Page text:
Arts & Leisure

Of mermaids and men

Posted on September 11, 2014

IN JUNE of 1986, the Apo Hiking Society -- Buboy Garrovillo, Jim Paredes and Danny Javier -- donned rubber mermaid tails for a comic send-up of the popular Hollywood movie Splash for their TV musical/variety show NaKUH...EtonAPO sila. The episode, directed by Fritz Ynfante, was filmed entirely at the Puerto Azul Beach and Country Club in Ternate, Cavite, and also featured Kuh Ledesma, with guest stars Jacqui Magno, Miguel Rodriguez and a group of beauty queens.

Buboy Garrovillo, Jim Paredes and Danny Javier of the APO do a hilarious take-off from the movie "Splash" for their television show "NaKUH"…EtonAPO sila" on June 11, 1986.
Although the spoof tackled a Hollywood production, mermaids -- or sirenas -- have a long, colorful history in local culture. While the half-fish, half-human’s popularity may ebb and flow like the tide, it never disappears.

Sirenas have their place in Philippine folklore beside the aswangs, kapre, and nuno sa punso and are the counterparts of the siyokoy or mermen (unlike the alluring sirena, siyokoy is described as being unattractive).

That the sirena made the move from the sea of folklore to the ocean of popular culture is pretty much thanks to 'komiks' master Mars Ravelo who created a multitude of cartoon characters in the first half of the 20th century. Many of these found their way onto the silver screen, most notably Darna. His version of the sirena -- drawn by Elpidio Torres -- was Dyesebel, and her story was serialized in Pilipino Komiks.

It revolves around a child of regular human parents, who is born with a fish tail instead of legs (her pregnant mother obsessed over a mermaid picture in a calendar, thus affecting the development of her unborn child). The family runs away to live by the sea where Dyesebel meets up with real mermaids, falls in love with a human, and is involved in several adventures before she emerges in the end with real human legs in place of her tail.

Dyesebel was first filmed in 1953, and starred Edna Luna. Subsequent filmed versions of the story starred Eva Montes (Anak ni Dyesebel, 1964), Vilma Santos (Dyesebel at Ang Mahiwagang Kabibe, 1973), Alma Moreno (Sisid, Dyesebel, Sisid, 1978), Alice Dixon (Dyesebel, 1990; this was the first film shot with real underwater scenes), and Charlene Gonzales (Dyesebel, 1996).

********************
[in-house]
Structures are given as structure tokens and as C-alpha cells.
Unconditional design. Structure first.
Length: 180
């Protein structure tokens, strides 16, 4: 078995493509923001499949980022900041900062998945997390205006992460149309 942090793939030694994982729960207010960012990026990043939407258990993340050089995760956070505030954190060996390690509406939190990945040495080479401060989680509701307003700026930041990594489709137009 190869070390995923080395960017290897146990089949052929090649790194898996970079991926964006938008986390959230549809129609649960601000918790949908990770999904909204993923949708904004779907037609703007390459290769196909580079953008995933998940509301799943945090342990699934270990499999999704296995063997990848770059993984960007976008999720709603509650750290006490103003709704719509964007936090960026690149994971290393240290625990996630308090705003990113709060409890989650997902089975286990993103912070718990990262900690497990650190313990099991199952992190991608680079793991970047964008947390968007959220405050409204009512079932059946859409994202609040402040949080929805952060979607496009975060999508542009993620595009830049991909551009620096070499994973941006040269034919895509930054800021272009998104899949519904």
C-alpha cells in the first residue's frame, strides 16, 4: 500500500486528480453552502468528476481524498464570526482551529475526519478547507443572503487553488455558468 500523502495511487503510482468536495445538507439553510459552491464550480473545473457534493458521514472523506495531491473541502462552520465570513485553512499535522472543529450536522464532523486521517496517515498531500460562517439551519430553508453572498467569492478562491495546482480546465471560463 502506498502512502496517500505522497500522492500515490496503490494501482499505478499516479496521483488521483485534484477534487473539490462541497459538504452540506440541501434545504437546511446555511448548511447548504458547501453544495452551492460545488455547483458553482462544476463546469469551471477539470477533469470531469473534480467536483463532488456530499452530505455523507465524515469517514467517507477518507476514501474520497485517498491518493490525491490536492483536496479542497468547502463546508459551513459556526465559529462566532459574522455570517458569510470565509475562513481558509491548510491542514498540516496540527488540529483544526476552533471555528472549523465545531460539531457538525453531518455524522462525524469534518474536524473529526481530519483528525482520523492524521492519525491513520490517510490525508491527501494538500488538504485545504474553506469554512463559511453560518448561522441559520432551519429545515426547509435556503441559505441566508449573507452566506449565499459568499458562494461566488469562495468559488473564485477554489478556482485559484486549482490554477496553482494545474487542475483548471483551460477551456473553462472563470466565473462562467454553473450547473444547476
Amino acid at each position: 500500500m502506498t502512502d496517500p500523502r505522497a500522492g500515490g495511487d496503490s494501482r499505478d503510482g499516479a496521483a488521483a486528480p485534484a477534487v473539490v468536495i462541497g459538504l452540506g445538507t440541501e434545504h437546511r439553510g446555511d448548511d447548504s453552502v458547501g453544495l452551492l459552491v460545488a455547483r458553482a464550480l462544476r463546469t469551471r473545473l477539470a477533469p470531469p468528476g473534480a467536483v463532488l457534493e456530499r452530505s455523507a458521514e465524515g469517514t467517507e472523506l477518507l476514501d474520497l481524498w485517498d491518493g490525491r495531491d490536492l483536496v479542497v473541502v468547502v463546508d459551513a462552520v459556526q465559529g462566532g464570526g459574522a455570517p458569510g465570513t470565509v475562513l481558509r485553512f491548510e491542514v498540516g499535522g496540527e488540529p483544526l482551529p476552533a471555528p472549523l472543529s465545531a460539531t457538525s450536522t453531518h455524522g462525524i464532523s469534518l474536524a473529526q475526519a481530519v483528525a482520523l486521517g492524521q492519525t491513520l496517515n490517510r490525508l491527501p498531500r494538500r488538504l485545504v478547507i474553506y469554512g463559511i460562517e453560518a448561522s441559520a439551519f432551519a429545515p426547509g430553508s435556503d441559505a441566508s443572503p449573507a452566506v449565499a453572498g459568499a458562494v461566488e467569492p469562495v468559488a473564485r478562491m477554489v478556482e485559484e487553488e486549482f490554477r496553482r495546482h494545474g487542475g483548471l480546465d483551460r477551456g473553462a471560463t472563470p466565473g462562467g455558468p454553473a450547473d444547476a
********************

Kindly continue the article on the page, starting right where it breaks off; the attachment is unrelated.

Dyesebel and her sister sirenas eventually left the movie houses and made their way to the small screen.

In February 2004, ABS-CBN Corp. launched the fantasy drama series Marina, starring Claudine Barretto. In reaction, several months later, GMA Network Inc. came up with a fantasy-comedy series called Marinara, starring comedienne Rufa Mae Quinto.

GMA went on to air an adaptation of Dyesebel in 2008 starring Marian Rivera in the title role which ran from April 28 to October 17 that year.

Since then, ABS-CBN has produced three more TV series with mermaids as central characters including Dyosa in 2008 with Anne Curtis, Mutya in 2011 with child star Mutya Orquiza, and Aryana in 2012 with teen star Ella Cruz.

This year has been particularly good for the sea creature, with two shows on separate networks featuring sirenas.

GMA’s mermaid-themed drama series, Kambal Sirena, starring its contract stars Louise delos Reyes and Aljur Abrenica, aired from March 11 to June 27.

At about the same time, ABS-CBN aired its latest adaptation of the komiks character, its version starring Anne Curtis, Sam Milby and Gerard Anderson. It aired from March 18 to July 18.

The sirena has not limited herself to the small screen -- she can now be found swimming with the fishes at the Manila Ocean Park. And in a sign that bodes well for Dyesebel’s popularity in the future, many a little girl spent this summer learning how to swim like a mermaid -- tail included -- in some of the metropolis’ sports clubs. -- AAH with JOV